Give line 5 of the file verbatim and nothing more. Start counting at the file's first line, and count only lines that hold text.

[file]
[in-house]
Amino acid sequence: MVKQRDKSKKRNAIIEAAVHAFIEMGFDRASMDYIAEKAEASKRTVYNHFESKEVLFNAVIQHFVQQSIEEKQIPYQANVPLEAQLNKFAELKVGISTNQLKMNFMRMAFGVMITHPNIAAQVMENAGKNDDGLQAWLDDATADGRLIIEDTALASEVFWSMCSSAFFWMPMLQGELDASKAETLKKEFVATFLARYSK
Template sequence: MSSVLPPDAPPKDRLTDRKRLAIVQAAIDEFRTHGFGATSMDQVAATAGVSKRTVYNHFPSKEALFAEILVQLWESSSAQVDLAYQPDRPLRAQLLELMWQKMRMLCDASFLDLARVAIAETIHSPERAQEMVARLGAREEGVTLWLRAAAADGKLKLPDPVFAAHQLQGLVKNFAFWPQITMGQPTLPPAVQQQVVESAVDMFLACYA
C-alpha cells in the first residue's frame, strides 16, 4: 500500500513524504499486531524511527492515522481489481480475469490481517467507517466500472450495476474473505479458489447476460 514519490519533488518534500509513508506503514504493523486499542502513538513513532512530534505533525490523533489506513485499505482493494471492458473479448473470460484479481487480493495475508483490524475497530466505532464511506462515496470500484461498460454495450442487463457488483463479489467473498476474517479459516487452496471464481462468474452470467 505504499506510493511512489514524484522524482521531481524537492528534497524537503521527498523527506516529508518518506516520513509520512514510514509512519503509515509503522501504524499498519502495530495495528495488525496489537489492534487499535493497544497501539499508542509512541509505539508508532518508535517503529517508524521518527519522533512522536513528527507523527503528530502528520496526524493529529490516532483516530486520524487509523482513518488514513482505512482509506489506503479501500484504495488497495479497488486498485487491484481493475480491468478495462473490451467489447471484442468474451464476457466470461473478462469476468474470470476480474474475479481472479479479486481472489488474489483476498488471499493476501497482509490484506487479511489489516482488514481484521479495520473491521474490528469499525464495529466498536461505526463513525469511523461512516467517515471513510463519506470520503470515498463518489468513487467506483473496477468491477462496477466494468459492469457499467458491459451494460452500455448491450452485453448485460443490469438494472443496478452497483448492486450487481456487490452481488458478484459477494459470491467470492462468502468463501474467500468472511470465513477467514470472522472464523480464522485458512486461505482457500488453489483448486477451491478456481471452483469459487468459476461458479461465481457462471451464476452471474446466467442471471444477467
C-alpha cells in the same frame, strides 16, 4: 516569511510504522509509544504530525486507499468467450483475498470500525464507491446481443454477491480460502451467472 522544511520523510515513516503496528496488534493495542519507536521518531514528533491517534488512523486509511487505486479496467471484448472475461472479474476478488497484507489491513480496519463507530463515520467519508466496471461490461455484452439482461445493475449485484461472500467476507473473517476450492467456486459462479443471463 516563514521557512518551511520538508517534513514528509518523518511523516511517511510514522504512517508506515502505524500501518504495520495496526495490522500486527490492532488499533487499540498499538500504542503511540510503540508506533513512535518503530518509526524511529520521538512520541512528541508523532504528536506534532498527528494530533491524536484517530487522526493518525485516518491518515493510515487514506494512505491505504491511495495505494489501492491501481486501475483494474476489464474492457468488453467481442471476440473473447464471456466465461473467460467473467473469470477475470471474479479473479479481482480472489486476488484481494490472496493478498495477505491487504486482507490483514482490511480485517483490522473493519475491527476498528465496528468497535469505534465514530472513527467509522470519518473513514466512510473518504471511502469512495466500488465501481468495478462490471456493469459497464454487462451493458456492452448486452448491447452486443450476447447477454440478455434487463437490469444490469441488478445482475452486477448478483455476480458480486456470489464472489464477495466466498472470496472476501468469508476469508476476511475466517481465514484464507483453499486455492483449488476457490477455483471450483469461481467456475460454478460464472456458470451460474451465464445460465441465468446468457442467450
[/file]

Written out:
C-alpha cells in the same frame, strides 16, 4: 516569511510504522509509544504530525486507499468467450483475498470500525464507491446481443454477491480460502451467472 522544511520523510515513516503496528496488534493495542519507536521518531514528533491517534488512523486509511487505486479496467471484448472475461472479474476478488497484507489491513480496519463507530463515520467519508466496471461490461455484452439482461445493475449485484461472500467476507473473517476450492467456486459462479443471463 516563514521557512518551511520538508517534513514528509518523518511523516511517511510514522504512517508506515502505524500501518504495520495496526495490522500486527490492532488499533487499540498499538500504542503511540510503540508506533513512535518503530518509526524511529520521538512520541512528541508523532504528536506534532498527528494530533491524536484517530487522526493518525485516518491518515493510515487514506494512505491505504491511495495505494489501492491501481486501475483494474476489464474492457468488453467481442471476440473473447464471456466465461473467460467473467473469470477475470471474479479473479479481482480472489486476488484481494490472496493478498495477505491487504486482507490483514482490511480485517483490522473493519475491527476498528465496528468497535469505534465514530472513527467509522470519518473513514466512510473518504471511502469512495466500488465501481468495478462490471456493469459497464454487462451493458456492452448486452448491447452486443450476447447477454440478455434487463437490469444490469441488478445482475452486477448478483455476480458480486456470489464472489464477495466466498472470496472476501468469508476469508476476511475466517481465514484464507483453499486455492483449488476457490477455483471450483469461481467456475460454478460464472456458470451460474451465464445460465441465468446468457442467450